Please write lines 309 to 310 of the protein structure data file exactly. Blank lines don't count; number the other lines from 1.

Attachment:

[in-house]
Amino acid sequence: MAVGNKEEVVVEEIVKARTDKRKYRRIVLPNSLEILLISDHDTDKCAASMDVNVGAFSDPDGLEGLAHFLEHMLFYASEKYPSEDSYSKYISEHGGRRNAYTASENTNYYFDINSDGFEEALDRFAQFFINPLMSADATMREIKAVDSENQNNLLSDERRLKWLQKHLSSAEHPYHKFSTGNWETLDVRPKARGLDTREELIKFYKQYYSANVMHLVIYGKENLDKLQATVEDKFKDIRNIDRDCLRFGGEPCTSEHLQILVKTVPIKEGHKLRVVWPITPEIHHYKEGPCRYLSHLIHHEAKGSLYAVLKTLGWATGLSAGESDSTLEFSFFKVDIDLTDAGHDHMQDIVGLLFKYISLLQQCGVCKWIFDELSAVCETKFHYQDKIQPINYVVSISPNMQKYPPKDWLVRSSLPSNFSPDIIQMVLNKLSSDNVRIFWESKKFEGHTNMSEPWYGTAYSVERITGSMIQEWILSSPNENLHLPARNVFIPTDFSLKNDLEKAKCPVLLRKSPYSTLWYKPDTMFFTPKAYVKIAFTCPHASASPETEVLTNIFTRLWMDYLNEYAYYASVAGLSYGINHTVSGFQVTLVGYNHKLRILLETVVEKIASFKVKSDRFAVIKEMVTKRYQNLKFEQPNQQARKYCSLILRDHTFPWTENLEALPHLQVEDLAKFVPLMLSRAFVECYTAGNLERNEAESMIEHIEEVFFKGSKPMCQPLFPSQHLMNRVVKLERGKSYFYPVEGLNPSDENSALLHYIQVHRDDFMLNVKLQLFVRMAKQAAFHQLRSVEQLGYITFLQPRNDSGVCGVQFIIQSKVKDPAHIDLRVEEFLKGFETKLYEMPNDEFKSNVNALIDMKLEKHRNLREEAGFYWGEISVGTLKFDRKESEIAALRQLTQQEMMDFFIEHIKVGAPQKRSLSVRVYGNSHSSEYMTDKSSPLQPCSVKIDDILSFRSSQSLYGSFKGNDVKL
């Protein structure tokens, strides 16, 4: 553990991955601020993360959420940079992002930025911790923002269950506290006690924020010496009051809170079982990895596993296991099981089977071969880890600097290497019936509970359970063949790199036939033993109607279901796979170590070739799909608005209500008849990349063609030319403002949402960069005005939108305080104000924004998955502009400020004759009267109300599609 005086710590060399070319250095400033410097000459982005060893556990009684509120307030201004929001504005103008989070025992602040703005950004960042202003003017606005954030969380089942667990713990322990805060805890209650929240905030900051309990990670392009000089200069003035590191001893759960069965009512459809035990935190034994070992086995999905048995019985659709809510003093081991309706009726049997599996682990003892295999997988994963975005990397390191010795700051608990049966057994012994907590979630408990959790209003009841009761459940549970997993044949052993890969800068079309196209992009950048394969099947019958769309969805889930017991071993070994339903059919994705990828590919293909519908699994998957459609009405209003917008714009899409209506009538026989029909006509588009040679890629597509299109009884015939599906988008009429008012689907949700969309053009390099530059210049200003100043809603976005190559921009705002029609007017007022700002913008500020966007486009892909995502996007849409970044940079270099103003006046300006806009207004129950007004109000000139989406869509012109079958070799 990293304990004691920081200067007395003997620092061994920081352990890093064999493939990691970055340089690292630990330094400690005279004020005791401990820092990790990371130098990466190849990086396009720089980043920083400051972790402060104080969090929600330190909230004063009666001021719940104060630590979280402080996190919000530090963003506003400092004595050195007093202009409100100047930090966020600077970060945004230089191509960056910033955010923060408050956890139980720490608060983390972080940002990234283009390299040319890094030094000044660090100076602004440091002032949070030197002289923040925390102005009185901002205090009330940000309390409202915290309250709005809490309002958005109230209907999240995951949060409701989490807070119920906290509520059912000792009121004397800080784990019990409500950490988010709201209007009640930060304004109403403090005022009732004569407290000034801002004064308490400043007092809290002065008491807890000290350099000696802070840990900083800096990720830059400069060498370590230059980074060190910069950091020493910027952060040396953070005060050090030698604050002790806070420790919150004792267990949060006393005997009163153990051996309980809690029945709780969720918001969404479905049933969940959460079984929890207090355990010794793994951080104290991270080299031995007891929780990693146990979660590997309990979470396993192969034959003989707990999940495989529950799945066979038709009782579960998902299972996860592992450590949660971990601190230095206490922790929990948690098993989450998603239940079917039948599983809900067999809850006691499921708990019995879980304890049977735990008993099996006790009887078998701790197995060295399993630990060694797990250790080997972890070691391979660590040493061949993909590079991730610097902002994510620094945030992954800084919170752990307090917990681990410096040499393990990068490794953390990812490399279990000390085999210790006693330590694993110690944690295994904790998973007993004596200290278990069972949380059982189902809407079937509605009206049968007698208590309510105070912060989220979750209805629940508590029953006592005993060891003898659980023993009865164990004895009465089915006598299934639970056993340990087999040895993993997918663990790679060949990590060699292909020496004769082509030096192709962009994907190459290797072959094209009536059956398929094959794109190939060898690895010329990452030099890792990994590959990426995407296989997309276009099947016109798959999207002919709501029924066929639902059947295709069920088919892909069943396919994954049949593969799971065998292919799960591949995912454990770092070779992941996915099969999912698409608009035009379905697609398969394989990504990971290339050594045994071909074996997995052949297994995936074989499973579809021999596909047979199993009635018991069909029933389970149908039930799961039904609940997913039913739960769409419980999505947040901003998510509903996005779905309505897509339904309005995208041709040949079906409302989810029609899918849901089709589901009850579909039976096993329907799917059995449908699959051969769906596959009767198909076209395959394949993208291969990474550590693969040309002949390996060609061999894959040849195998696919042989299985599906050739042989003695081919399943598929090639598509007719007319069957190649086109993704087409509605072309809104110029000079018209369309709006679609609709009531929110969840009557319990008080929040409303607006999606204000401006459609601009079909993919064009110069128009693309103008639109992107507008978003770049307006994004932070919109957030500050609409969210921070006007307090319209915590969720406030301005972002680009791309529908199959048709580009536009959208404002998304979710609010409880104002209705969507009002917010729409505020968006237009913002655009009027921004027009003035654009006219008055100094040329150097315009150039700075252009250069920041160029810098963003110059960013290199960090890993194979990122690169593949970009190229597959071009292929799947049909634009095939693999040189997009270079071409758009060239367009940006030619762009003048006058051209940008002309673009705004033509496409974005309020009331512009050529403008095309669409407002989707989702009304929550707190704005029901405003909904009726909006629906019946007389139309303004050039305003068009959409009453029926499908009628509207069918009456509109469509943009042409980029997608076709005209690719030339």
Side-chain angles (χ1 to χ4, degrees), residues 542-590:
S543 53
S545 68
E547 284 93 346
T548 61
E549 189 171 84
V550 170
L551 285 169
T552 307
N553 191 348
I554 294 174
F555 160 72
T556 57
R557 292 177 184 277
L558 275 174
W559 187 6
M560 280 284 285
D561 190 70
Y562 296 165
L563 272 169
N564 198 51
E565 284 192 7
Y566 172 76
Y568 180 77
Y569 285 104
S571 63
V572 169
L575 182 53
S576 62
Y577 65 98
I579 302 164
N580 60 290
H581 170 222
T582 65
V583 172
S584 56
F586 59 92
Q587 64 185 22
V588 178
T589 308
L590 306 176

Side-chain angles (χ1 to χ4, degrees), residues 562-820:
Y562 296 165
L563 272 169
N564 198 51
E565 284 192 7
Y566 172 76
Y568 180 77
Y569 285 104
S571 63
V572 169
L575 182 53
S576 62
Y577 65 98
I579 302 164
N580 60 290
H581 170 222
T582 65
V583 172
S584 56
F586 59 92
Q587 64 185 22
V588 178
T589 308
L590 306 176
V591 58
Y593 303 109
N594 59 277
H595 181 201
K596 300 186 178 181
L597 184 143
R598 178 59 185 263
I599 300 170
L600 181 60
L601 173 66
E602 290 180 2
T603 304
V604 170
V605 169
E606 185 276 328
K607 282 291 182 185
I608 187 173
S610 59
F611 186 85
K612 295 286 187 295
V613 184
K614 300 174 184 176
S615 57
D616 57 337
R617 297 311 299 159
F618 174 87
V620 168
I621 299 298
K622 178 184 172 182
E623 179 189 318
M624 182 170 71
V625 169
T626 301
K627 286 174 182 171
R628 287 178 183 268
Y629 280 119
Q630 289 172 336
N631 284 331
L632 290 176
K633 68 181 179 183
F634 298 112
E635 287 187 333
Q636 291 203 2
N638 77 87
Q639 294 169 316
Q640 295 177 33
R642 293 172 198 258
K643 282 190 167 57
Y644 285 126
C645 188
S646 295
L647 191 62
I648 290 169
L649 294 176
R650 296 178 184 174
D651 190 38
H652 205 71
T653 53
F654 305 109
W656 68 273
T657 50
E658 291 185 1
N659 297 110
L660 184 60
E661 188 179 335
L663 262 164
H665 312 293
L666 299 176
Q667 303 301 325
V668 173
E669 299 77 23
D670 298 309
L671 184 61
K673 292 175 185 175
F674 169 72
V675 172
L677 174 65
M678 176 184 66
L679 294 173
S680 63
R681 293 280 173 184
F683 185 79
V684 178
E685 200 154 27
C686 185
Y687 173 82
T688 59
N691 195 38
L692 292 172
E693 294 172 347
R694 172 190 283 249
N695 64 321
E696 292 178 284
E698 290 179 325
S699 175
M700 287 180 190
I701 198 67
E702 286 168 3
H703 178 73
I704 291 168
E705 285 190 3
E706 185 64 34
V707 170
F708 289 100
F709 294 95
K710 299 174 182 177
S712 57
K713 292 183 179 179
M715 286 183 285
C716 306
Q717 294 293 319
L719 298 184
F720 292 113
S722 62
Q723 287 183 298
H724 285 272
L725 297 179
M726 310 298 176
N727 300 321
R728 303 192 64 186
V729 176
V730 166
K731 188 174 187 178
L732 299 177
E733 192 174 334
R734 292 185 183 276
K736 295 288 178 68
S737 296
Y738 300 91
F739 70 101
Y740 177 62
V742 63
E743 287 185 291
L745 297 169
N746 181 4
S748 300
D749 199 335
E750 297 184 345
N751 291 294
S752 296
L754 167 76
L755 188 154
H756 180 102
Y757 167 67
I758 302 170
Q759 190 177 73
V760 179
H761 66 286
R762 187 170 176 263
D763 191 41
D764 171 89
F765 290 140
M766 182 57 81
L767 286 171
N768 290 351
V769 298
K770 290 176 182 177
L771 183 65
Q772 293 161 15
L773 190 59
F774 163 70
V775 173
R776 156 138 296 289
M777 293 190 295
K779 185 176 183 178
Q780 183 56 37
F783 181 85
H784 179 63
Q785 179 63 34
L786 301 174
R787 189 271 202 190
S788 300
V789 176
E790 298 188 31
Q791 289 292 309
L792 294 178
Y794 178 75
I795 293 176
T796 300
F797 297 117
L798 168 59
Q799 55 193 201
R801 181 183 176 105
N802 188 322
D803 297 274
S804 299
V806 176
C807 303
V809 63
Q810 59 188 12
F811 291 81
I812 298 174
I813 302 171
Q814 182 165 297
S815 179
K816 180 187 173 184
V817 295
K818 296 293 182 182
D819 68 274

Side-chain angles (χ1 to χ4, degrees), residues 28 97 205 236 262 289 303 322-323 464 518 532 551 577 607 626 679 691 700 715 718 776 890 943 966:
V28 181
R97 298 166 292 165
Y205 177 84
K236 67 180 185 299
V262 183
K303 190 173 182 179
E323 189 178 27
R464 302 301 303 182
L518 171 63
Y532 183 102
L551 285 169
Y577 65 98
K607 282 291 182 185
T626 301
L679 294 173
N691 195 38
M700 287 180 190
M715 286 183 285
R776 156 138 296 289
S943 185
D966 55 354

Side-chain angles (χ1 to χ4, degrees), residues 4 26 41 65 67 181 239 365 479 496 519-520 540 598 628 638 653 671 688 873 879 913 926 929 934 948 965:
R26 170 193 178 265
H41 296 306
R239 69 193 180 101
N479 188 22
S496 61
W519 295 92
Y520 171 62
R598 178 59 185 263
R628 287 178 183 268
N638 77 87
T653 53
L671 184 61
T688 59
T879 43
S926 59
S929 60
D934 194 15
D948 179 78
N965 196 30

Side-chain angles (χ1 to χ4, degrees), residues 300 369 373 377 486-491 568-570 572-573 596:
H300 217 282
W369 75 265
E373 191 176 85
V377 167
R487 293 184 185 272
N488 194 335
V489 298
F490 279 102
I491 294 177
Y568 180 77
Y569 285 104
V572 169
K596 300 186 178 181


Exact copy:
N965 196 30

Side-chain angles (χ1 to χ4, degrees), residues 300 369 373 377 486-491 568-570 572-573 596: